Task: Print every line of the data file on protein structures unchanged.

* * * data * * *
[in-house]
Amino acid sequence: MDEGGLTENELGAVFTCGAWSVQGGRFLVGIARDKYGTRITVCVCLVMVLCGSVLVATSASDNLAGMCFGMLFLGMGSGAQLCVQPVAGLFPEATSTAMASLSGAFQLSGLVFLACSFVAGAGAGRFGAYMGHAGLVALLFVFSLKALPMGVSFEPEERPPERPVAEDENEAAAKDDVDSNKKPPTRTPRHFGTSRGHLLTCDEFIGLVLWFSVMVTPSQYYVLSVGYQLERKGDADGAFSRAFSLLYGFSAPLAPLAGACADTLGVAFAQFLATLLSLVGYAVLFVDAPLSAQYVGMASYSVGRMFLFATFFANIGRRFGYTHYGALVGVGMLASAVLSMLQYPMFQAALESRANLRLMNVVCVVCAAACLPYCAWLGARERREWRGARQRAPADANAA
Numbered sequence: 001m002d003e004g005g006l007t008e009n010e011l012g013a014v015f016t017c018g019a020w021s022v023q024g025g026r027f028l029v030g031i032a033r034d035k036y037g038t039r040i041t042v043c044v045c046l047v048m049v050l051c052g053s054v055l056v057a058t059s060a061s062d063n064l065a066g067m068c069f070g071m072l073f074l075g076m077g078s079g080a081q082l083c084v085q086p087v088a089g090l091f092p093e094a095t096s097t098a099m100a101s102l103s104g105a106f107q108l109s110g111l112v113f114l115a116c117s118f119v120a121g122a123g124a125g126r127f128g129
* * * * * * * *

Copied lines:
[in-house]
Amino acid sequence: MDEGGLTENELGAVFTCGAWSVQGGRFLVGIARDKYGTRITVCVCLVMVLCGSVLVATSASDNLAGMCFGMLFLGMGSGAQLCVQPVAGLFPEATSTAMASLSGAFQLSGLVFLACSFVAGAGAGRFGAYMGHAGLVALLFVFSLKALPMGVSFEPEERPPERPVAEDENEAAAKDDVDSNKKPPTRTPRHFGTSRGHLLTCDEFIGLVLWFSVMVTPSQYYVLSVGYQLERKGDADGAFSRAFSLLYGFSAPLAPLAGACADTLGVAFAQFLATLLSLVGYAVLFVDAPLSAQYVGMASYSVGRMFLFATFFANIGRRFGYTHYGALVGVGMLASAVLSMLQYPMFQAALESRANLRLMNVVCVVCAAACLPYCAWLGARERREWRGARQRAPADANAA
Numbered sequence: 001m002d003e004g005g006l007t008e009n010e011l012g013a014v015f016t017c018g019a020w021s022v023q024g025g026r027f028l029v030g031i032a033r034d035k036y037g038t039r040i041t042v043c044v045c046l047v048m049v050l051c052g053s054v055l056v057a058t059s060a061s062d063n064l065a066g067m068c069f070g071m072l073f074l075g076m077g078s079g080a081q082l083c084v085q086p087v088a089g090l091f092p093e094a095t096s097t098a099m100a101s102l103s104g105a106f107q108l109s110g111l112v113f114l115a116c117s118f119v120a121g122a123g124a125g126r127f128g129